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On many Stack Exchange sites, a vote has a clear meaning:

  • Up vote answers that are correct
  • Down vote answers that are incorrect or unclear

The goal of voting is to help the cream rise to the top over time.

But when it comes to Biblical Hermeneutics, the meaning becomes a bit fuzzy:

  • Up vote answers that are correct
    • I believe in this answer and will stake my faith on it
    • I agree with the answer
    • The answer is valid under my system of belief
    • The answer is valid under a valid system of belief
    • The answer is not totally invalid
  • Down vote answers that are incorrect or unclear
    • The answer is gibberish
    • The answer is invalid in all possible systems of belief
    • The answer is invalid in my system of belief
    • I disagree with the answer
    • I'm pretty sure Satan wrote the answer

Ok, so the last bullet isn't too likely. ;-)

What are you saying when you vote on an answer here?

7

Votes are like Stack Exchange currency

Questions and answers are expensive. It takes time, thought, and (hopefully) expertise to produce a good question and even more to produce a solid answer. Ideally, we'd all be motivated by the joy of finding things out and by the good feeling we get from helping others. But the truth is when I get up in the morning and I wonder what I ought to do with spare time, it gives me a little jolt of happiness to see that someone on the internet gave me a +1 on an answer I worked so hard to produce. Yeah it's shallow and there are potential long-term side effects, but undeniably the system works best when there is a constant influx of votes.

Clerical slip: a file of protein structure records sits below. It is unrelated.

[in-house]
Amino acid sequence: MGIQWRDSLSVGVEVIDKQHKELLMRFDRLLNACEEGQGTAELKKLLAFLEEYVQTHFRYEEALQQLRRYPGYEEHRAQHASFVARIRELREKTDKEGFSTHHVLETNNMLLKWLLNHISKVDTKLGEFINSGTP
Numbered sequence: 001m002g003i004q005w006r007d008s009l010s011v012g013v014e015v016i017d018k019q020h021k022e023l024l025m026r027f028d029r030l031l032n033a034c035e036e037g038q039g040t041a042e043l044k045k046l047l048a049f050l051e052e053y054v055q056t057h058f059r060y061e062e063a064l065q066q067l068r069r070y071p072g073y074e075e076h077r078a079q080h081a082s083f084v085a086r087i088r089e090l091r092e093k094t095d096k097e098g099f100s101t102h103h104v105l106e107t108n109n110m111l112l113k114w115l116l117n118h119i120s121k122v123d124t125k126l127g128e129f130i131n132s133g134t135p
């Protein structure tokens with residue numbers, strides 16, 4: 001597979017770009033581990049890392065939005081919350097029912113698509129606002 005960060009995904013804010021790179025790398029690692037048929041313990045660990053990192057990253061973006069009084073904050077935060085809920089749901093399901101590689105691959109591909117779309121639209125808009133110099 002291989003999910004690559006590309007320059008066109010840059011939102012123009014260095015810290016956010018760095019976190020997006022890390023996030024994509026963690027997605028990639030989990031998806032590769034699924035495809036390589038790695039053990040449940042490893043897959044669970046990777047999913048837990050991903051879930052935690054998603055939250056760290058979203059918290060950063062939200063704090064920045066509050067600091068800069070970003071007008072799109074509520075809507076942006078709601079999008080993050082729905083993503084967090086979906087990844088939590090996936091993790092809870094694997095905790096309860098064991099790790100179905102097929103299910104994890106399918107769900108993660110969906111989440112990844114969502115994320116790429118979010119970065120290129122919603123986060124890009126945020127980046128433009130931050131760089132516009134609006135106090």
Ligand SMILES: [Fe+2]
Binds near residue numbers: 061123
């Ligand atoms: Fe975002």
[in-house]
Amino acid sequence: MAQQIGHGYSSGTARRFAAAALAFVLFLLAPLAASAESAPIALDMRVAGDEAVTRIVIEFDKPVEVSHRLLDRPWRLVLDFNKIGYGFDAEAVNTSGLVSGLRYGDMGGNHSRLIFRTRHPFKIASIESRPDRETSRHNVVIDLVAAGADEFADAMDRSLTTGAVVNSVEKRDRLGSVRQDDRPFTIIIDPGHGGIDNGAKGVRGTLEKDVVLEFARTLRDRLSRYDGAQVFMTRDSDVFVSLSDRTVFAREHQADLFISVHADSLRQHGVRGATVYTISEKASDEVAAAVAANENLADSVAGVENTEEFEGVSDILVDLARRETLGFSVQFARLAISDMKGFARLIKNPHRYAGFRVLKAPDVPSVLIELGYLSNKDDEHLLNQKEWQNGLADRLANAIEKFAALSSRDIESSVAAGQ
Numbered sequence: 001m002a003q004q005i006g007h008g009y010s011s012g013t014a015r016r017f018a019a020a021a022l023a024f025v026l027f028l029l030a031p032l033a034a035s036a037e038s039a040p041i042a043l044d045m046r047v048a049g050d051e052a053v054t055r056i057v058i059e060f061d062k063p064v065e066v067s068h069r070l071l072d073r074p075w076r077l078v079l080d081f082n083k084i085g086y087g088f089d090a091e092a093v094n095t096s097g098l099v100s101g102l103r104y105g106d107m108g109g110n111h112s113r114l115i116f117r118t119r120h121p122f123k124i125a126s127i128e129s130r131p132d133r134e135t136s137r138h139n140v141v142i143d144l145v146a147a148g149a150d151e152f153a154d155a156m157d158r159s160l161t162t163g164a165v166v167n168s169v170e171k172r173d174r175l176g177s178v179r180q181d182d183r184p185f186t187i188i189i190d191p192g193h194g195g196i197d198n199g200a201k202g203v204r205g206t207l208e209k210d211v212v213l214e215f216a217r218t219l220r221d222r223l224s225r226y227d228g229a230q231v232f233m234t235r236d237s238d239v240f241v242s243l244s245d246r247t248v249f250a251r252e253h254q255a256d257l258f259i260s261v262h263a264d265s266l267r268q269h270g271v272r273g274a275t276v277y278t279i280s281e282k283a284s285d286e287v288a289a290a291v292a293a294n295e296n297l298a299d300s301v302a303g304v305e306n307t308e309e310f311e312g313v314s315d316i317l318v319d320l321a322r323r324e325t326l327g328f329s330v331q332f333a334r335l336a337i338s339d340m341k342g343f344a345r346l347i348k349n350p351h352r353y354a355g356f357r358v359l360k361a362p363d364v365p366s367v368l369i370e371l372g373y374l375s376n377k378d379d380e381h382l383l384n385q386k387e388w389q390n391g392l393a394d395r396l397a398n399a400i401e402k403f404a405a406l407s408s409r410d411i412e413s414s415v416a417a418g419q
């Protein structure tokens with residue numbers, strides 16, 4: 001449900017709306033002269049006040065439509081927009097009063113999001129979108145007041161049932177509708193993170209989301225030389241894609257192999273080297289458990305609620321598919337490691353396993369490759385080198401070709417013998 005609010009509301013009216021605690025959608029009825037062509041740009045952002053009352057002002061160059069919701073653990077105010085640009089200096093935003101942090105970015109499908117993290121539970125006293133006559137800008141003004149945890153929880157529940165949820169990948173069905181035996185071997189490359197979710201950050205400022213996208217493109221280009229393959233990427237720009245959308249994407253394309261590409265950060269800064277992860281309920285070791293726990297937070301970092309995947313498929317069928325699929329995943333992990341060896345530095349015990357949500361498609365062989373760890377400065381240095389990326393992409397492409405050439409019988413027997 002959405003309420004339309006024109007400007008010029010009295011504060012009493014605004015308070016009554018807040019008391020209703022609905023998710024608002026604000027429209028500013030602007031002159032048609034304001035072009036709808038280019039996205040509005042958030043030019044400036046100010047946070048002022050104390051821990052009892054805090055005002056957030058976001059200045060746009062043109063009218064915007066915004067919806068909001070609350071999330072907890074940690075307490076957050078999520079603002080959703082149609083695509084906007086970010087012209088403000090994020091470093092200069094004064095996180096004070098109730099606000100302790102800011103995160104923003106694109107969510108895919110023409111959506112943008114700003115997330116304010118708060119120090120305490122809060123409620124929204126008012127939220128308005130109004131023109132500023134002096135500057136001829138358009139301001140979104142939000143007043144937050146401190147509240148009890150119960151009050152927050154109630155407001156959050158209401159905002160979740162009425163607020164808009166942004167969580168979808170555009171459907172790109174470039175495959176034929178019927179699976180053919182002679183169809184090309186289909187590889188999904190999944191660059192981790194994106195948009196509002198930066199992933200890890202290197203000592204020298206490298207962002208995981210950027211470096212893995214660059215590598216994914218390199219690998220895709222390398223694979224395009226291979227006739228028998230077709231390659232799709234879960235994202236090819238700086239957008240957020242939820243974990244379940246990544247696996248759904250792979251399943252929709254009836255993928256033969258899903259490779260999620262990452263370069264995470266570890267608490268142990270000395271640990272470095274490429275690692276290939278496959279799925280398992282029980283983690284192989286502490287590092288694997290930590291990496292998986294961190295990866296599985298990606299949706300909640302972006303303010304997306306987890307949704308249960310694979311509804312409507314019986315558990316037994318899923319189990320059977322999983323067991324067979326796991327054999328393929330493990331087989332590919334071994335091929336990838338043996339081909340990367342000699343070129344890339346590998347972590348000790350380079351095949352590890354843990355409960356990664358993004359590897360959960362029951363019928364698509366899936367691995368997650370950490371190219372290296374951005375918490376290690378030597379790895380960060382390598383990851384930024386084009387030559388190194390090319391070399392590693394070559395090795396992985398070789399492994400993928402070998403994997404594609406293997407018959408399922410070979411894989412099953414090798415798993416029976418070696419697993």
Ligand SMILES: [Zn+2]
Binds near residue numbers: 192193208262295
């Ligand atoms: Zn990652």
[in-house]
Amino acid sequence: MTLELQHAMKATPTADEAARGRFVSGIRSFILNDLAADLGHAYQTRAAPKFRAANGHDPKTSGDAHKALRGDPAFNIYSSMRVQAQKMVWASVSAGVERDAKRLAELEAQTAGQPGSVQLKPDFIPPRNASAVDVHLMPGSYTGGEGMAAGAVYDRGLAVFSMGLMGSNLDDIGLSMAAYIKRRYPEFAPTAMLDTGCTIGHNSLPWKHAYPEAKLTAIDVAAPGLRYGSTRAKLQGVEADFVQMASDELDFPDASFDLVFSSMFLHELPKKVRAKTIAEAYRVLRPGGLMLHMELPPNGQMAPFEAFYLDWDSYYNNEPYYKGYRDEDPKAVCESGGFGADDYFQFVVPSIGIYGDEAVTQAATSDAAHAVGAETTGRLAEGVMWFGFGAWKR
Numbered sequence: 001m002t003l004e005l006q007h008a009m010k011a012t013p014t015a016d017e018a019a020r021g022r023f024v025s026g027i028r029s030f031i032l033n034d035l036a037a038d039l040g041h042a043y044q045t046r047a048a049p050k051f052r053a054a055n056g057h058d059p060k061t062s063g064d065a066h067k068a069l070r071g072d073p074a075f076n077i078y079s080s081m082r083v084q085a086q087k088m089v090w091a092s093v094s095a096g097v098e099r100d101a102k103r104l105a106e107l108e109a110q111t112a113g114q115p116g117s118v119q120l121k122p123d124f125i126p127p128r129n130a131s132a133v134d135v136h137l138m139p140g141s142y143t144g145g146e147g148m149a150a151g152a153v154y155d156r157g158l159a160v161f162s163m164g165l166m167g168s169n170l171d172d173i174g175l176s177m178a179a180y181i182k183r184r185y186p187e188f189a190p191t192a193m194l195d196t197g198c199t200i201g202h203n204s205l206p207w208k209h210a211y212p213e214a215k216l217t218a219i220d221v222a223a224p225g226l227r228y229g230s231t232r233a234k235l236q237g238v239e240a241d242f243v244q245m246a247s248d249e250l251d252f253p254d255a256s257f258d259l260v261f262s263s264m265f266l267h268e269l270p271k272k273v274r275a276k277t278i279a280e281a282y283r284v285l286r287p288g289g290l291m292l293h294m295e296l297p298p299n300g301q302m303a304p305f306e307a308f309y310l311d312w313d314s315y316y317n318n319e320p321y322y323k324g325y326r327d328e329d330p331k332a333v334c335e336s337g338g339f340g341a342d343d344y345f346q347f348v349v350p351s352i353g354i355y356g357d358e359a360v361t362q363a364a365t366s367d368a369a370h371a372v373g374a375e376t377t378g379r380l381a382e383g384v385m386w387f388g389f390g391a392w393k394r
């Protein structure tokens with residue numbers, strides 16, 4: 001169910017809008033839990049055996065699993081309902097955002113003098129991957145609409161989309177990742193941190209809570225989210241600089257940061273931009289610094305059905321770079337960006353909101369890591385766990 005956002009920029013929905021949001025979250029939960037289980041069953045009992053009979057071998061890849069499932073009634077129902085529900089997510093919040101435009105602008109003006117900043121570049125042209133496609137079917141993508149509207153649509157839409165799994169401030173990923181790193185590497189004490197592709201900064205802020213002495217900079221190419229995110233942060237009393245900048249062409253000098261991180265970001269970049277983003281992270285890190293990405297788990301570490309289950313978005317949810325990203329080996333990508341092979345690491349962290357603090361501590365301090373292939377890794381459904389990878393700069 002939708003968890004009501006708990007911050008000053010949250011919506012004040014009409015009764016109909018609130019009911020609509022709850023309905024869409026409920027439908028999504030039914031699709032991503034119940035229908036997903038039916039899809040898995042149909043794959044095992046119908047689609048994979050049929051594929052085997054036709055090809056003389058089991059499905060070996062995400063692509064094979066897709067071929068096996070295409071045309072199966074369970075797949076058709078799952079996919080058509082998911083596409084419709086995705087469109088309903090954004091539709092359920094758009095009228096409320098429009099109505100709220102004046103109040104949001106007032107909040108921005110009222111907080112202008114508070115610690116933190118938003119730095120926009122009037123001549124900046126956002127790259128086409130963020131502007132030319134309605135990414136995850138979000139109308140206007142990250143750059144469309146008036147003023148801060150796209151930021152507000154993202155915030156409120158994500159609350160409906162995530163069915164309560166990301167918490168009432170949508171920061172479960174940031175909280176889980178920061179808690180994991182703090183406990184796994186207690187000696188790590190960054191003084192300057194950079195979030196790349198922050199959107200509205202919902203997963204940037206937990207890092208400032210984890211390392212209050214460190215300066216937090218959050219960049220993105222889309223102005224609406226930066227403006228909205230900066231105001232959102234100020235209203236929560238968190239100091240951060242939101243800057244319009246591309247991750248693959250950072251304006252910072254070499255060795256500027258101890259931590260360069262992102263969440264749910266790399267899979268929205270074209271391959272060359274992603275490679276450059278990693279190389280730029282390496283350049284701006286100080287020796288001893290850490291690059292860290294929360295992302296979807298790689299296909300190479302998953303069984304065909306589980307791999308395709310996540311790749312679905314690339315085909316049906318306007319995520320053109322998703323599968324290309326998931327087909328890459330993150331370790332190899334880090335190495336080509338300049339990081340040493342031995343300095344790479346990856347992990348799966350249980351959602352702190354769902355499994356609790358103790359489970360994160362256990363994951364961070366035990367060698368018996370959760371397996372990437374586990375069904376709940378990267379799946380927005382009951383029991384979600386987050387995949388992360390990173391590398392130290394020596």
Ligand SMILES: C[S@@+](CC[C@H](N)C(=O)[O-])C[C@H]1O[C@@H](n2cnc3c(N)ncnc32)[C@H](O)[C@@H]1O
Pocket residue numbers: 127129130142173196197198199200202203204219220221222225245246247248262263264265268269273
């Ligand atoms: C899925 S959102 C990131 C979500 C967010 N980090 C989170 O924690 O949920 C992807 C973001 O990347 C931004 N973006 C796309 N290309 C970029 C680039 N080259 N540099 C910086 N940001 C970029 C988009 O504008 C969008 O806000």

We all have a virtual unlimited supply of votes so if we don't vote often, we are cutting off the monetary supply of our system. It's as if you are a servant in Jesus' parable (Matthew 24:14-30) and you decide to bury your votes instead of using them.

God probably won't condemn you if you vote for heresy

... or if you vote against orthodoxy. Well, I don't know this for sure. I do know the Bible doesn't mention it specifically. Voting up a post is a bit like paying money for a book, which may have bad theology, or cheering at a concert, which might not have the best moral content, or spending time watching a Hollywood movie. Like paying taxes, voting is part of being a responsible member of society.

We're all winners

As a sport's fan, I think the idea that everyone is winner is Namby Pamby. But the reality of Stack Exchange is that multiple answers are encouraged and good answers can co-exist. Nowhere is this more true than in Bible interpretation where God's Word is so deep and wide and rich that none dare be satisfied though they drink continually from that stream for a lifetime. (See Psalm 119.) Every great answer deserves your vote—no matter how many other great answers exist to the same question. Most good answers deserve your vote too. And even some ok answers deserve your vote for some nugget of truth. Over a long enough time, quality will float to the top like cream.

  • 1
    I just noticed that while what you vote on is secret, how often you vote isn't. It seems to me that (very roughly) if you have reputation > 10*votes you are getting more "voting currency" from the system than you are giving. (There are a lot of factors here including questions being worth just 5 reputation and many other ways to get reputation that aren't tied to votes.) – Jon Ericson Nov 9 '11 at 1:32
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Ultimately, a vote means whatever the voter wants it to mean.

In general, as you mentioned, it should be encouraged to vote good posts up and bad posts down. However, we can't (and won't and shouldn't) tell people how to vote.


As for what qualifies a "good" or "bad" post, it's difficult to say.